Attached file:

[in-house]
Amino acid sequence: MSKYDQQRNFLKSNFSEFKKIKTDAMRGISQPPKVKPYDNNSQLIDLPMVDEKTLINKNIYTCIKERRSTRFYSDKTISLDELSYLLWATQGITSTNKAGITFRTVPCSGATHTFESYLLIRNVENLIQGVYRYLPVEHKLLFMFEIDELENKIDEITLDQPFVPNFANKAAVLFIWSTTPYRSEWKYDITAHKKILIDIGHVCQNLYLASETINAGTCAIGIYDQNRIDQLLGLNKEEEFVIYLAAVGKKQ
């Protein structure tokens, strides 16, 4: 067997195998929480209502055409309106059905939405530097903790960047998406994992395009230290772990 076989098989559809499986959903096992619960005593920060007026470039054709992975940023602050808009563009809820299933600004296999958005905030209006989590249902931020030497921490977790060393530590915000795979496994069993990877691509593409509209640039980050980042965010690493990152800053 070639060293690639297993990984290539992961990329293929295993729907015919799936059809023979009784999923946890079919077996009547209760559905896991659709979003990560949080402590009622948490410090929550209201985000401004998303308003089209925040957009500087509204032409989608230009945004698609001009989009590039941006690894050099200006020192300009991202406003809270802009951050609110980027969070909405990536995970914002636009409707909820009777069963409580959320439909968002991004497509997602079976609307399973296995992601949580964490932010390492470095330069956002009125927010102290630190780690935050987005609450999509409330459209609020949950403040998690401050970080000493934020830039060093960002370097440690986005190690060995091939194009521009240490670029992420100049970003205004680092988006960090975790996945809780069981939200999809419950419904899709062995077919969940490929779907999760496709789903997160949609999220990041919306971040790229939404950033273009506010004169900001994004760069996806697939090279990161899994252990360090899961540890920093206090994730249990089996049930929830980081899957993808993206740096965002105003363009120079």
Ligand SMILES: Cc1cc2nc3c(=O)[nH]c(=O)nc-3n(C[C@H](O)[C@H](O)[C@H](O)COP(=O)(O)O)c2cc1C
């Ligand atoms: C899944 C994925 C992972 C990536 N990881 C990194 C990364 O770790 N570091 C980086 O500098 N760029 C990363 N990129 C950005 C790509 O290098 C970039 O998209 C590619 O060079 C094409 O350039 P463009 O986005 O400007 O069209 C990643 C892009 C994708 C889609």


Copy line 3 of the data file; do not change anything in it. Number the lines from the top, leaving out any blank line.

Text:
């Protein structure tokens, strides 16, 4: 067997195998929480209502055409309106059905939405530097903790960047998406994992395009230290772990 076989098989559809499986959903096992619960005593920060007026470039054709992975940023602050808009563009809820299933600004296999958005905030209006989590249902931020030497921490977790060393530590915000795979496994069993990877691509593409509209640039980050980042965010690493990152800053 070639060293690639297993990984290539992961990329293929295993729907015919799936059809023979009784999923946890079919077996009547209760559905896991659709979003990560949080402590009622948490410090929550209201985000401004998303308003089209925040957009500087509204032409989608230009945004698609001009989009590039941006690894050099200006020192300009991202406003809270802009951050609110980027969070909405990536995970914002636009409707909820009777069963409580959320439909968002991004497509997602079976609307399973296995992601949580964490932010390492470095330069956002009125927010102290630190780690935050987005609450999509409330459209609020949950403040998690401050970080000493934020830039060093960002370097440690986005190690060995091939194009521009240490670029992420100049970003205004680092988006960090975790996945809780069981939200999809419950419904899709062995077919969940490929779907999760496709789903997160949609999220990041919306971040790229939404950033273009506010004169900001994004760069996806697939090279990161899994252990360090899961540890920093206090994730249990089996049930929830980081899957993808993206740096965002105003363009120079």